Grandmother Carol Roe trying to comforting anguished mother Della Roe - Photo Kate Campbell, AAP

Grandmother Carol Roe trying to comforting anguished mother Della Roe – Photo Kate Campbell, AAP

The coronial inquest into the death of Ms Dhu has degenerated into a farce. We do not need coronial findings to let us know whether racism and classism led to Ms Dhu’s death. This is as clear as the light of day. Even if the findings are muted or otherwise they cannot deny what every reasonable minded person knows. If it was not deplorable racism and classism that led to this young woman’s death then it was incompetence of such abysmal magnitude that would insist every police and medical officer involved is unfit to continue their service.

If the police and medical personnel cannot admit to the racism and classism that washed through their veins and that reduced their capacities and judgments, then they should be stood down. The disgraceful low level care dished out by medical personnel warrants responses. Nurses and doctors failed to do the baseline stuff, failed to take temperature, failed to check the respiratory rate, failed to do blood pressure and heart rate. It stinks.

The police can argue that they took Ms Dhu twice to Hedland Health Campus before returning her to the hospital more than likely dead. They should have taken her every single time she complained of being unwell. They should have called the ambulance. They should have organised for a nurse or doctor to attend Ms Dhu in her cell if need be. But they did not. Instead some of them accused Ms Dhu of “faking”.

What shocked me was the CCTV footage on the first day of the inquest. I was stunned by the footage of the police officers ‘responding’ to Ms Dhu in the watch house cell just prior to her body taken to the hospital for the last time. Ms Dhu was motionless. Did they check for a pulse? No. Did they check if she was breathing? No. One officer lifted Ms Dhu’s arm and let it go – it dropped. What do you think they did next?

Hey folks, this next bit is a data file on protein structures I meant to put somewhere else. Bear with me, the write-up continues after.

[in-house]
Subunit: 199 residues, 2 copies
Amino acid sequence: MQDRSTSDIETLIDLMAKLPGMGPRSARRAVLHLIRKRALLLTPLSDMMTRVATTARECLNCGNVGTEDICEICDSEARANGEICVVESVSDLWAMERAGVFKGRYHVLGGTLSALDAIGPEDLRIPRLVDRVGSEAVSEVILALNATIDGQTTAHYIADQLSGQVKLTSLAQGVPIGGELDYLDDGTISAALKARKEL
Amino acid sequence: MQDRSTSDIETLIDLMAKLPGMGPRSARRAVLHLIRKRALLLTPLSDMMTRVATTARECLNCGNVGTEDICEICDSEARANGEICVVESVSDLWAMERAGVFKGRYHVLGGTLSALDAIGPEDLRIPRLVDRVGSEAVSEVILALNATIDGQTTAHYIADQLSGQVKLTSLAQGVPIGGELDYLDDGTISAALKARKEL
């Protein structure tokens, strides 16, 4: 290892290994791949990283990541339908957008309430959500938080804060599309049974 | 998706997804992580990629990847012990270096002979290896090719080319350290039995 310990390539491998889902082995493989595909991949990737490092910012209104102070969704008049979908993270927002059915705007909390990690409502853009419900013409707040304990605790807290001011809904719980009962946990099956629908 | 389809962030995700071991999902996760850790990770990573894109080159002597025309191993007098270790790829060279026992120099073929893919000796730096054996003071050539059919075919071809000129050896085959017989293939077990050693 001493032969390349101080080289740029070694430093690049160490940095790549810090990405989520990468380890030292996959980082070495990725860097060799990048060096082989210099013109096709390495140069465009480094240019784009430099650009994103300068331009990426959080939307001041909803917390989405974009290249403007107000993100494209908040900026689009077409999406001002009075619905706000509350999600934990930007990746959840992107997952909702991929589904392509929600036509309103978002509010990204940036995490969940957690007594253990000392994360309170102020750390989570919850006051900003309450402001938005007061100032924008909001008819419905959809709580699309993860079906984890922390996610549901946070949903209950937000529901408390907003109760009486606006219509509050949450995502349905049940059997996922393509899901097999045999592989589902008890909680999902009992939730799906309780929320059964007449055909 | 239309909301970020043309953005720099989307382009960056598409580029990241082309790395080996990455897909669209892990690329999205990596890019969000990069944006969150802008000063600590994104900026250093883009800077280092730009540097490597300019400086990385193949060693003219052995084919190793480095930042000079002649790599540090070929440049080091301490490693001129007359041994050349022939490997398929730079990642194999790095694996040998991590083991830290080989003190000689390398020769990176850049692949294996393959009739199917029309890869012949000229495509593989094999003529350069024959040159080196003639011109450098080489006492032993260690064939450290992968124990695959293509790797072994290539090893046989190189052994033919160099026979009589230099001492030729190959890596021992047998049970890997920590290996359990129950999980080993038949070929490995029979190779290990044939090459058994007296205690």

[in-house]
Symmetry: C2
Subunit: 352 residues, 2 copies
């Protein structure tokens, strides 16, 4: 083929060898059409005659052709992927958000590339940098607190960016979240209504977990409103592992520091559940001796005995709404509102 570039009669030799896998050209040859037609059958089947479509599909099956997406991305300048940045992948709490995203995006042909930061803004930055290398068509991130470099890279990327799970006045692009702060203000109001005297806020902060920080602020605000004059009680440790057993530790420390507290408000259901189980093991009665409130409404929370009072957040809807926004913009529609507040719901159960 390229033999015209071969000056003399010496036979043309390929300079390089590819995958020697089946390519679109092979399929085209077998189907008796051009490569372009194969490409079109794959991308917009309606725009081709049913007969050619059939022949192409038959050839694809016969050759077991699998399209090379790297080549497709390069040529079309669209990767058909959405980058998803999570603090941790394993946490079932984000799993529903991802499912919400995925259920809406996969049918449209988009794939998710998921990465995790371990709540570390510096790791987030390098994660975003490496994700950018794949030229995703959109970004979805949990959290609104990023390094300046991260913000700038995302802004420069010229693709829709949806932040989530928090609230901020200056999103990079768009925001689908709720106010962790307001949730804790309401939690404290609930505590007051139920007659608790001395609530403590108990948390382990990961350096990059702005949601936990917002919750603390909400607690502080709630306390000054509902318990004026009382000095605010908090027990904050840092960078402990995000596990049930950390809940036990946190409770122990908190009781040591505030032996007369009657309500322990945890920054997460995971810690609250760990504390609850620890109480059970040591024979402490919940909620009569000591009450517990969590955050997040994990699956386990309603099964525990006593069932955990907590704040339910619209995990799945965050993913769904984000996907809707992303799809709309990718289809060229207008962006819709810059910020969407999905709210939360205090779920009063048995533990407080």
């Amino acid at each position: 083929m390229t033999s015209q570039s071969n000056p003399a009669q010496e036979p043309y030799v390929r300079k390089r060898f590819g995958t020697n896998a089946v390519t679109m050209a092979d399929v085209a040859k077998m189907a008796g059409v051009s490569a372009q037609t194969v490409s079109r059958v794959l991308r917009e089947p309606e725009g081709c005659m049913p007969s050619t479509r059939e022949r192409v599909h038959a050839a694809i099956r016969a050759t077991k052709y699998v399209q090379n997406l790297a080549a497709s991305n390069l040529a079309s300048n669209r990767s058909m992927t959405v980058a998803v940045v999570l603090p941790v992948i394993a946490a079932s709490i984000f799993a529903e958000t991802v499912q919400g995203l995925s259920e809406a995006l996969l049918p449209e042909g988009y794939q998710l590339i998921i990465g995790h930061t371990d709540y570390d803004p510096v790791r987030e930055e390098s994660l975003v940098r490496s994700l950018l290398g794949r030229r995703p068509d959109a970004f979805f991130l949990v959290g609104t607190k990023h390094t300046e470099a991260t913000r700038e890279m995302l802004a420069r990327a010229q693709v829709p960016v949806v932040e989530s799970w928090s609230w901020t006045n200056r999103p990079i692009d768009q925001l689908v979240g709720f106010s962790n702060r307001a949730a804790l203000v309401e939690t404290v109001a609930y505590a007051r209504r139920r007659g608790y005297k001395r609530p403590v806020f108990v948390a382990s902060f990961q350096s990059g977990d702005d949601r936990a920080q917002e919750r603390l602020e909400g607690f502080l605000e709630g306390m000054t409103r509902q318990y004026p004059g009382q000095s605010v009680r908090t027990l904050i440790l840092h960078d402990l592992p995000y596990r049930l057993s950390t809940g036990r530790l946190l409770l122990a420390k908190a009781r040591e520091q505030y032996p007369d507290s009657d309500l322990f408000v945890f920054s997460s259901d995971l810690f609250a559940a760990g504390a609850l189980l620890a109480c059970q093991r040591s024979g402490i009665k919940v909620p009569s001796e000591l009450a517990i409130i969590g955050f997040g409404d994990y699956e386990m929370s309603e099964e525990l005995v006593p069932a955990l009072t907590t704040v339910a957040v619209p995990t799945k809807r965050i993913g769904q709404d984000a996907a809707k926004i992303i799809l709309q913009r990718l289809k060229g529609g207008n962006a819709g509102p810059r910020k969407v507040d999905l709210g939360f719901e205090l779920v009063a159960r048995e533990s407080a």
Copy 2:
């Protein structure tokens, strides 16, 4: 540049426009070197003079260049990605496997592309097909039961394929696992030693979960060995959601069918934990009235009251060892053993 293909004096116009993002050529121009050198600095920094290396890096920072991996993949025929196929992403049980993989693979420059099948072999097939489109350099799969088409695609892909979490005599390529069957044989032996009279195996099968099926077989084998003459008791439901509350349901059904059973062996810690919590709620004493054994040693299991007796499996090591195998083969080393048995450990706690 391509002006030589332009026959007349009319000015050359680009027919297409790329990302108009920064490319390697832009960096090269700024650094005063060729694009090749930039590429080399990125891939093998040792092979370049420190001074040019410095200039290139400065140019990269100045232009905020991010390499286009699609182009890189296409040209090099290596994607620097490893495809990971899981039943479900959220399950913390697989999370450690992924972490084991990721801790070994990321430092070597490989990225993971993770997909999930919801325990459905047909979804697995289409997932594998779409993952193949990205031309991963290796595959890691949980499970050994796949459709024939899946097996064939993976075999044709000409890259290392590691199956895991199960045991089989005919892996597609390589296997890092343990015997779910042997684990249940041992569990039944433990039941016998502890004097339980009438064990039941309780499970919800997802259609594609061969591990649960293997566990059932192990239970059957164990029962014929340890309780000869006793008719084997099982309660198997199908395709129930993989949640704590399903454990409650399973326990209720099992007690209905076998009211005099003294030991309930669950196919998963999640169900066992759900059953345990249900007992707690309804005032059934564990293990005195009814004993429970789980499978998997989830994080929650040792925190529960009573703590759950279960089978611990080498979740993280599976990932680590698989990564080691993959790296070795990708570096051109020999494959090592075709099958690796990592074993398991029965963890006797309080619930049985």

They stepped outside for several minutes to yarn about what to do next?

What would you have done? You would have checked for a pulse, breathing and for any vital sign of life. We are educated to understand that where someone appears to be without vital signs of life that we do not waste a second. Even someone without First Aid skills, without cardiopulmonary resuscitation training can save someone’s life. But police are actually highly trained in how to respond to someone in distress or with CPR. I am waiting to find out what they have to say about why they did not attempt to resuscitate Ms Dhu. Why they did not check for pulse and breath. Disgracefully, they went back into the cell and dragged Ms Dhu by the arms along the cell floor into the corridor and then picked her up the arms and legs and carted her to the pod of a police vehicle. Their training should have required of them to keep Ms Dhu stable, comforted and where no breathing or pulse could be detected to apply CPR.

An officer should have put in an urgent call for an ambulance while they received further advice from medical personnel by phone.

None of this occurred. Duty of care whatever, for myself it was dignity and compassion, common decency and right-mindedness just tossed to the wind.